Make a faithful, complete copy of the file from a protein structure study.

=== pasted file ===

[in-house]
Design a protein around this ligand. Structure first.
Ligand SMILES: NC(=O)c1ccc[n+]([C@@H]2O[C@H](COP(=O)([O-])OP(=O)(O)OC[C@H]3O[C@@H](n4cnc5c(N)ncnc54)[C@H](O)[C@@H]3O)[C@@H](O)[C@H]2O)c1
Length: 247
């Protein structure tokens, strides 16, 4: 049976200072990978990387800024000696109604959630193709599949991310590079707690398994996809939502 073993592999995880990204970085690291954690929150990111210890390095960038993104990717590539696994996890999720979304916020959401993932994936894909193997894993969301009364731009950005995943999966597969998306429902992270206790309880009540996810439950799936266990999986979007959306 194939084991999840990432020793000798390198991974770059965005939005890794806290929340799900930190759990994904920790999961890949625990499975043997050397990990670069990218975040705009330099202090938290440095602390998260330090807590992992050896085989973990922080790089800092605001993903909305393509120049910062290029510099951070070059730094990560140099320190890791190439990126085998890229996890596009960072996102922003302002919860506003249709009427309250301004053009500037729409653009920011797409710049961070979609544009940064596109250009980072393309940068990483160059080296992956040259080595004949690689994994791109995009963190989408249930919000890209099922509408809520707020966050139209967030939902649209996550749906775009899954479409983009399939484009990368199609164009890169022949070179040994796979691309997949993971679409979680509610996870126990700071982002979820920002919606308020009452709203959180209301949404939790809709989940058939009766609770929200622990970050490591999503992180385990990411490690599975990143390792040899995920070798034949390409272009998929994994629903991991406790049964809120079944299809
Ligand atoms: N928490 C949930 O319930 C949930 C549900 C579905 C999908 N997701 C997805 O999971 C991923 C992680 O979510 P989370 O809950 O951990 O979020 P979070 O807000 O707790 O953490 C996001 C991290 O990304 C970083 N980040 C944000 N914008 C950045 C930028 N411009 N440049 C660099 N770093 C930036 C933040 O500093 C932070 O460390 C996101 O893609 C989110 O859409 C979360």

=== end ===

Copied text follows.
[in-house]
Design a protein around this ligand. Structure first.
Ligand SMILES: NC(=O)c1ccc[n+]([C@@H]2O[C@H](COP(=O)([O-])OP(=O)(O)OC[C@H]3O[C@@H](n4cnc5c(N)ncnc54)[C@H](O)[C@@H]3O)[C@@H](O)[C@H]2O)c1
Length: 247
């Protein structure tokens, strides 16, 4: 049976200072990978990387800024000696109604959630193709599949991310590079707690398994996809939502 073993592999995880990204970085690291954690929150990111210890390095960038993104990717590539696994996890999720979304916020959401993932994936894909193997894993969301009364731009950005995943999966597969998306429902992270206790309880009540996810439950799936266990999986979007959306 194939084991999840990432020793000798390198991974770059965005939005890794806290929340799900930190759990994904920790999961890949625990499975043997050397990990670069990218975040705009330099202090938290440095602390998260330090807590992992050896085989973990922080790089800092605001993903909305393509120049910062290029510099951070070059730094990560140099320190890791190439990126085998890229996890596009960072996102922003302002919860506003249709009427309250301004053009500037729409653009920011797409710049961070979609544009940064596109250009980072393309940068990483160059080296992956040259080595004949690689994994791109995009963190989408249930919000890209099922509408809520707020966050139209967030939902649209996550749906775009899954479409983009399939484009990368199609164009890169022949070179040994796979691309997949993971679409979680509610996870126990700071982002979820920002919606308020009452709203959180209301949404939790809709989940058939009766609770929200622990970050490591999503992180385990990411490690599975990143390792040899995920070798034949390409272009998929994994629903991991406790049964809120079944299809
Ligand atoms: N928490 C949930 O319930 C949930 C549900 C579905 C999908 N997701 C997805 O999971 C991923 C992680 O979510 P989370 O809950 O951990 O979020 P979070 O807000 O707790 O953490 C996001 C991290 O990304 C970083 N980040 C944000 N914008 C950045 C930028 N411009 N440049 C660099 N770093 C930036 C933040 O500093 C932070 O460390 C996101 O893609 C989110 O859409 C979360």